"Well, aren't we forgiven of all our sins?" Yes, Pharisee, but how? We are forgiven by Jesus Christ suffering the Wrath of God -- the whole eternity of Hell in a moment -- on a cross. The Psalmist tells us that "you were a forgiving God to them, but an avenger of their wrong doings." God forgives us in Jesus, but the punishment for sin is still carried out. We cannot do whatever we want and have no consequences. Even if we "get away" with a sin, even if we think we did not suffer for some sin we committed while on earth, Jesus suffered horrifically. How can we continue to sin, unless we are sadists? Unless we enjoy Christ’s suffering, unless we wish we were there to say, "Whip Him again!" -- if we know we caused His Suffering -- that these sins now caused His Suffering...

Thomas Goodwin wrote, "The covenant that is made with us in Christ is not a covenant made with works, but with persons; and therefore, though the works be often hateful, yet he goes on to love the persons; and that he may continue to love them, destroys out of them what he hates, but cutteth not them off. A member that is leprous or ulcerous, a man loves it as it is 'his own flesh,' Eph. V. 29, though he loathes the corruption and putrefaction that is in it; and therefore he doth not presently cut it off, but purgeth it daily, lays plasters to it to eat the corruption out: whereas a wart or even a wen that grows on a man's body, a man gets it cut off, for he doth not reckon it as his flesh" (The Treasury of David, vol. 2, 230). How Great, how Awesome, how Merciful is our God; He is worthy of praise, is He not?

He is Worthy, because He is Holy. "So let us extol the Lord our God, and worship at his holy mountain; for the Lord our God is holy."

Let us pray:
Almighty and Holy God, Sovereign King, we bow before You in awe of Your Holiness and Mercy. How is it that You have chosen us for Yourself? Why do You listen to Your foolish children? Why did You come to save us? Great is the Lord, worthy of praise. Holy God, receive our thanks. In Jesus' Name, Amen.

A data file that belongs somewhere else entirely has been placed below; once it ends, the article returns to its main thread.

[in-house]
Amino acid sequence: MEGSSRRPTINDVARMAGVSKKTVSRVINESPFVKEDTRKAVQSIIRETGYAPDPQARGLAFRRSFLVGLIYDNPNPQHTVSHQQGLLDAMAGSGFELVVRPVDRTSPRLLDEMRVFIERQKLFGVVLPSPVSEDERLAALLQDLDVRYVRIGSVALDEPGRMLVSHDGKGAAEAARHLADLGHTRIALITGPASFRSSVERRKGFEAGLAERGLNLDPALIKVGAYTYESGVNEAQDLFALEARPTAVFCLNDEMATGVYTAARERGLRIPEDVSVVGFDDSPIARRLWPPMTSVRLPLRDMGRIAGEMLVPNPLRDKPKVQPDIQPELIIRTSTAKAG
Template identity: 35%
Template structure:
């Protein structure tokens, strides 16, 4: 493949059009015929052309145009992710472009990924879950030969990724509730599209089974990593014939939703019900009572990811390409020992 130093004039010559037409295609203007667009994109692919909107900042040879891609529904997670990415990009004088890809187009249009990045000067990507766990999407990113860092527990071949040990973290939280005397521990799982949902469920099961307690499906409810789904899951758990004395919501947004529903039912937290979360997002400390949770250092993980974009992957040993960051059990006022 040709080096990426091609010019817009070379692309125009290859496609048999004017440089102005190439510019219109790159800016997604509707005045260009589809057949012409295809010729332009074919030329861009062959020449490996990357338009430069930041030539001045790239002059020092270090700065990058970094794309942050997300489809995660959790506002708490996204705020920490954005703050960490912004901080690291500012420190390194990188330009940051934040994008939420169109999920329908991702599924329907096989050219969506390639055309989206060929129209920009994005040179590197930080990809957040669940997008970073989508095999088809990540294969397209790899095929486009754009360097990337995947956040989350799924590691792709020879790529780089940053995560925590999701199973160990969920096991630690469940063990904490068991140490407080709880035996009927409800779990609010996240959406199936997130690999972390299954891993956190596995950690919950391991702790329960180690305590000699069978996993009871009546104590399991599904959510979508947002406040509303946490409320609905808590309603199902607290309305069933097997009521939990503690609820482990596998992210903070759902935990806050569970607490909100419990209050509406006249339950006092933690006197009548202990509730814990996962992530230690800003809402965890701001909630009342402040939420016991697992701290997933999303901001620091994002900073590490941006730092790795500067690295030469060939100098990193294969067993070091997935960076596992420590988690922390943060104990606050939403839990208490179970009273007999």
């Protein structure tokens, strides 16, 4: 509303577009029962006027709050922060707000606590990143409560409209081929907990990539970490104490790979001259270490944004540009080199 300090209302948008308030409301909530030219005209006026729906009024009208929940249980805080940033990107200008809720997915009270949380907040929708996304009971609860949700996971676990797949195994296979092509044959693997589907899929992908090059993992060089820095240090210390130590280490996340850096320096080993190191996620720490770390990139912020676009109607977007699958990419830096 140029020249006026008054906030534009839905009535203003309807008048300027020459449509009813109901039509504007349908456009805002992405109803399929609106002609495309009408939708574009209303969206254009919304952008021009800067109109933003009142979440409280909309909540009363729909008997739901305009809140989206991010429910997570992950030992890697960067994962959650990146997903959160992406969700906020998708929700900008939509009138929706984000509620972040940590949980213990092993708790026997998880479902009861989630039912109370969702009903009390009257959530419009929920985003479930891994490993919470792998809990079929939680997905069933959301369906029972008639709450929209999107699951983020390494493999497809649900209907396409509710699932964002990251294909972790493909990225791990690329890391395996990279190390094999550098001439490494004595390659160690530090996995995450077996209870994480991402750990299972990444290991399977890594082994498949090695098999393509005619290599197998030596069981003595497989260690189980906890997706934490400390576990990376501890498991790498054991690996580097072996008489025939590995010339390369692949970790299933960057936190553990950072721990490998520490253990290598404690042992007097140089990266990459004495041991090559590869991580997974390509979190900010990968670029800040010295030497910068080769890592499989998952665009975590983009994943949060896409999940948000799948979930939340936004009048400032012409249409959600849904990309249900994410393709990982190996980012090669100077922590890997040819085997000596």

Monday, February 12, 2007

Monday Puritan (Folowing Three Deaths This Week)

"Pray that thy last days, and last works may be the best; and that when thou comest to die, thou mayest have nothing else to do but die." -- Vavasor Powell

Sunday Sermon

"The Trinity: Three Persons"
[Matthew 3:13-17; 28:19]
February 11, 2007 Second Reformed Church

This morning we heard texts that we have referred to several times already in our look at the main issues or points concerning the Doctrine -- or teaching -- of the Trinity, as we find it in the Scripture.

In our first Scripture, let us notice that we are to baptize in the One Name -- it's singular -- "of the Father and of the Son and of the Holy Spirit." And as we have seen, all Three are the One God, so this makes sense.

As were look at our second Scripture, it is obvious that there are Three Persons involved, other than John the Baptist. We have Jesus, Who is called "the beloved Son" by the Voice from heaven. We have the Father, Who calls from heaven, speaking of and to Jesus, and we have the Spirit of God Who comes from heaven and "rests" on Jesus.

The Father, the Son, and God the Spirit plainly, obviously, simply, are Three separate and distinct Persons. All Three Persons can be in one place at the same time and known as separate Persons. The Father is not the Son, and the Father is not the Spirit, and the Son is not the Father, and the Son is not the Spirit, and the Spirit is not the Father, and the Spirit is not the Son.

But -- and this is where we understand the finitude of our minds -- the Father and the Son and the Spirit are all the One God. The Father and the Son and the Spirit are the Same One Being. They are of the Same Essence. There is One and Only One God, and God is known in the Three Persons of the Father and the Son and the Holy Spirit.